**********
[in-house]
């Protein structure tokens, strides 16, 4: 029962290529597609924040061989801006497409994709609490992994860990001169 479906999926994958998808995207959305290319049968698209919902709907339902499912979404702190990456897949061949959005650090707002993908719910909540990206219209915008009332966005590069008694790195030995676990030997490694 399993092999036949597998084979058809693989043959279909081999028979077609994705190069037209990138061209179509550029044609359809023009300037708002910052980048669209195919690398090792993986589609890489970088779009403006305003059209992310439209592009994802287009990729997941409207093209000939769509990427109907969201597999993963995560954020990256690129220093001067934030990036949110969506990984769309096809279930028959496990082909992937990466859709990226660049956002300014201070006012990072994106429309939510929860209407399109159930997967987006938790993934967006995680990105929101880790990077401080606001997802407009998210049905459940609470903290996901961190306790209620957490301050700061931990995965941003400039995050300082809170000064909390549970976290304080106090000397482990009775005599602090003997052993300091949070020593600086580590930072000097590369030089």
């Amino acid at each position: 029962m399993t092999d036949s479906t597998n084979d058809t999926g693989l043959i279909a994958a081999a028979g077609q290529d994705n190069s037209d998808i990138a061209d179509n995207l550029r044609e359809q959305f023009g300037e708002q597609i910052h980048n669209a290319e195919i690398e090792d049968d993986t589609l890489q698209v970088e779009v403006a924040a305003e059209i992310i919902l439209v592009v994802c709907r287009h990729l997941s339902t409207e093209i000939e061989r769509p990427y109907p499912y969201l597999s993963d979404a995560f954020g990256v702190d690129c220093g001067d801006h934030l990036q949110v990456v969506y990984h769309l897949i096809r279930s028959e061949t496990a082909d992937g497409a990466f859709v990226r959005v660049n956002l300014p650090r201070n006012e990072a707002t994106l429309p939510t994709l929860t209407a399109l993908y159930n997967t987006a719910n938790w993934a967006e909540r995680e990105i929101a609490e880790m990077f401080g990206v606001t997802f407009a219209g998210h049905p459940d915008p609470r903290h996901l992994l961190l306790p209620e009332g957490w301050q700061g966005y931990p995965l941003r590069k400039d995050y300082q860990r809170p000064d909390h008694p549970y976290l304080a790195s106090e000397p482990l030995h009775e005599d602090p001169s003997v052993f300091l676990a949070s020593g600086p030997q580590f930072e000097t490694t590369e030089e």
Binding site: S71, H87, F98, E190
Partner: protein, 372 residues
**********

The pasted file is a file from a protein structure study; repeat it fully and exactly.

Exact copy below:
[in-house]
């Protein structure tokens, strides 16, 4: 029962290529597609924040061989801006497409994709609490992994860990001169 479906999926994958998808995207959305290319049968698209919902709907339902499912979404702190990456897949061949959005650090707002993908719910909540990206219209915008009332966005590069008694790195030995676990030997490694 399993092999036949597998084979058809693989043959279909081999028979077609994705190069037209990138061209179509550029044609359809023009300037708002910052980048669209195919690398090792993986589609890489970088779009403006305003059209992310439209592009994802287009990729997941409207093209000939769509990427109907969201597999993963995560954020990256690129220093001067934030990036949110969506990984769309096809279930028959496990082909992937990466859709990226660049956002300014201070006012990072994106429309939510929860209407399109159930997967987006938790993934967006995680990105929101880790990077401080606001997802407009998210049905459940609470903290996901961190306790209620957490301050700061931990995965941003400039995050300082809170000064909390549970976290304080106090000397482990009775005599602090003997052993300091949070020593600086580590930072000097590369030089």
């Amino acid at each position: 029962m399993t092999d036949s479906t597998n084979d058809t999926g693989l043959i279909a994958a081999a028979g077609q290529d994705n190069s037209d998808i990138a061209d179509n995207l550029r044609e359809q959305f023009g300037e708002q597609i910052h980048n669209a290319e195919i690398e090792d049968d993986t589609l890489q698209v970088e779009v403006a924040a305003e059209i992310i919902l439209v592009v994802c709907r287009h990729l997941s339902t409207e093209i000939e061989r769509p990427y109907p499912y969201l597999s993963d979404a995560f954020g990256v702190d690129c220093g001067d801006h934030l990036q949110v990456v969506y990984h769309l897949i096809r279930s028959e061949t496990a082909d992937g497409a990466f859709v990226r959005v660049n956002l300014p650090r201070n006012e990072a707002t994106l429309p939510t994709l929860t209407a399109l993908y159930n997967t987006a719910n938790w993934a967006e909540r995680e990105i929101a609490e880790m990077f401080g990206v606001t997802f407009a219209g998210h049905p459940d915008p609470r903290h996901l992994l961190l306790p209620e009332g957490w301050q700061g966005y931990p995965l941003r590069k400039d995050y300082q860990r809170p000064d909390h008694p549970y976290l304080a790195s106090e000397p482990l030995h009775e005599d602090p001169s003997v052993f300091l676990a949070s020593g600086p030997q580590f930072e000097t490694t590369e030089e």
Binding site: S71, H87, F98, E190
Partner: protein, 372 residues